Who doesn’t love the recognisable smell of vanilla?
Even if you don’t, I bet your clients do!
It’s one of the most popular and comforting scents in a home fragrance, bath and body range, making people feel relaxed and joyful. The scent of vanilla is also regularly integrated into many other fragrance oils as a fixative, rounding out non-vanilla scents nicely.
History Of Vanilla
Vanilla is a member of the orchid family (V, plantifolia) that grows on a vine and blooms only once a year. It develops a seed pod that resembles a bean and is native to Central America, South America and the Caribbean. Originally cultivated by the Totonacs, who were conquered by the Aztecs. The Aztecs were then conquered by the Spanish, who brought it to Europe.
Fresh off the vine, vanilla beans don't smell like what we expect. It requires months of curing, drying, and extracting for the flavour to develop. Vanilla is actually a complex mixture of molecules within the pod.
Indonesia and Madagascar are some of the world’s largest vanilla producers. Tahitian and Mexican vanilla has a slightly subtler taste.
Although there are many molecules which make up vanilla, one molecule, vanillin is a main player. Vanillin, a naturally occurring compound of vanilla contributes significantly to the aroma of vanilla.
There’s a massive, insatiable worldwide demand for vanilla, but it is scarce and challenging to harvest. Demand far exceeds supply for this precious resource.
Extraction of vanilla takes place via ethanol and water. There is no such thing as vanilla essential oil because the processes used to extract essential oils such as steam distillation or cold pressing cannot be applied to vanilla. Vanilla is too fragile. Instead, solvents such as ethanol are used.
Vanillin vs Ethyl Vanillin
Vanillin can be produced in a lab readily, via chemical process, and at a lower cost, and more efficiently. It’s the ideal substitute for natural vanilla.
Ethyl vanillin is like vanillin but it far stronger in terms of potency and has a different note. Ethyl-vanillin is an artificial molecule. Vanillin is natural and ethyl vanillin is not. Think of it like buying vanilla extract to bake with or artificial vanilla. One is more expensive than the other.
Vanillin Free Fragrance Oils
You’ve poured gorgeous creamy white candles and packed them away to cure. The room smells like delicious vanilla ice cream! A job well done.
Two weeks later, you go to pack an order and notice they have yellowed or browned. Same story for your bath bombs. You also spent hours making a batch of soap, which turned brown.
Think of it this way. Vanilla pods are green on the vine. They only turn brown as they age.
The component vanillin is responsible for this.
Vanillin happened. It’s natural!
When vanillin is exposed to air and light, it oxidises. The fragrance oils oxidise faster because of this ingredient, causing the oil to grow darker. Vanillin has a pH of 7.3 and as the pH becomes more alkaline, it discolours. Your candles might only start to discolour while already on a retailers shelf once out of the carton. While this is purely aesthetic, and does not affect scent throw, some candle makers want to avoid it. Bath bombs and soaps discolour more rapidly than acidic products such as shampoo.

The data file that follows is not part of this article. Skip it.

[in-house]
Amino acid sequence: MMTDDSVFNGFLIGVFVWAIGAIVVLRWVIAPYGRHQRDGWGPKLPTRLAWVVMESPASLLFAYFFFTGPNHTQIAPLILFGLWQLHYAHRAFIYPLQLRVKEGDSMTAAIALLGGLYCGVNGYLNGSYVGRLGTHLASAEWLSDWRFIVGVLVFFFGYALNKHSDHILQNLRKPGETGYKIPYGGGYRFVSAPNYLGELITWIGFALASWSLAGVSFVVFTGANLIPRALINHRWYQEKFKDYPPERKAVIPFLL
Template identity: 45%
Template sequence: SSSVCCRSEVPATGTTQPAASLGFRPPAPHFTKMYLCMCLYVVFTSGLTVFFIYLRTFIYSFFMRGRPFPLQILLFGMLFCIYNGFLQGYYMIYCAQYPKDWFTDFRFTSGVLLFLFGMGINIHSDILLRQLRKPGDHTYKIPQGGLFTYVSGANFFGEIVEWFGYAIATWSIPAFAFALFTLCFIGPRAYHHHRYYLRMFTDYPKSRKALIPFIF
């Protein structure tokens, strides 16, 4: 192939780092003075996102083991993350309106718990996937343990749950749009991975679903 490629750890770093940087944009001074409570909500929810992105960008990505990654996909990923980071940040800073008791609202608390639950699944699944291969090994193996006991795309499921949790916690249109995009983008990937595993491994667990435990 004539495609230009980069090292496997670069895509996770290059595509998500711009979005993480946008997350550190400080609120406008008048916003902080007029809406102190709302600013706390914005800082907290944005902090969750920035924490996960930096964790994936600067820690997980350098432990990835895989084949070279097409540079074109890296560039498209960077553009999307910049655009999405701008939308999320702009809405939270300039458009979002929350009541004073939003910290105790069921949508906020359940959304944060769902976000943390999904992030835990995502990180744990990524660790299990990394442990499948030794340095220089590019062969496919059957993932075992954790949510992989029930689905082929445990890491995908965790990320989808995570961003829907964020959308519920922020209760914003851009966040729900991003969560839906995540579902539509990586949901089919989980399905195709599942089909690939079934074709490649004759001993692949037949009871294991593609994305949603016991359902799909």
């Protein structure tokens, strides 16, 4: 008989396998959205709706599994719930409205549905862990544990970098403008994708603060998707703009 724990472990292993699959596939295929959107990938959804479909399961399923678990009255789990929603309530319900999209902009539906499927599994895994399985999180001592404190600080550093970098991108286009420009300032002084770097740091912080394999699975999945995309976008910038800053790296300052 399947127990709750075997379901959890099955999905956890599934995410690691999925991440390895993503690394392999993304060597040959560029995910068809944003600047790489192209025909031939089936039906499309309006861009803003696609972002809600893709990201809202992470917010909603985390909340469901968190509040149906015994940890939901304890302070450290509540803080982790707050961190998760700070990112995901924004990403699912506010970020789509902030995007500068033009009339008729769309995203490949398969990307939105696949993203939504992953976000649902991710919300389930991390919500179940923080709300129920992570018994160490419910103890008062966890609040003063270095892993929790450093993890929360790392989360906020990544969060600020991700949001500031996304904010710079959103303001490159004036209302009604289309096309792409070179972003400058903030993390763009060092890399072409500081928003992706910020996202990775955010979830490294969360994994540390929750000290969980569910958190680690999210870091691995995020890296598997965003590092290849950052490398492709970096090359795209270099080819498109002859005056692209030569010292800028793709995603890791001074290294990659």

You’ll notice on each of our fragrances we list if a fragrance contains vanilla or ethyl-vanillin.
Fragrances which are high in vanillin may crystalize when it is cold. The appearance of crystals does not ruin the fragrance. It is the vanillin component of the oil separating from cold. The crystals will melt once the fragrance bottle is dipped in warm water and mix back in. No, the fragrance hasn't gone off.
We also have a listing for vanillin free fragrance oils for those who prefer to skip vanillin altogether.
What to do (if anything)
- Package your products in opaque containers or tins with lids and store them out of light. Avoid clear glass. This will reduce light and air exposure to reduce oxidation.
- Dye your product—plan ahead by making your product yellow or create your own brown.
- Use a vanilla stabiliser to avoid discolouration. There is no one size fits all product. There are different versions for lotions, melt & pour soaps and bath bombs. Also, stabilisers will not eradicate discolouration. They will only slow down the rate at which discolouring occurs. In melt and pour soap, you can use a vanilla colour stabiliser. However, it is not recommended for cold process soap, where an antioxidant like rosemary oleoresin would be a better choice. Ensure that the product you choose is fit for purpose. For example, that the product is either water soluble vs oil soluble. There are vanilla stabilizers available for soap making, however, they cannot be used for candles. In which case your own choice is to use only fragrances that are vanilla free if it really bothers you.
- Add a whitener, e.g., titanium dioxide when a fragrance oil has a low vanilla content.
- If all else fails, acknowledge its natural and accept it, welcome it! As makers we can tend towards perfectionism - obsessing over aspects of your final product your clients won't even notice.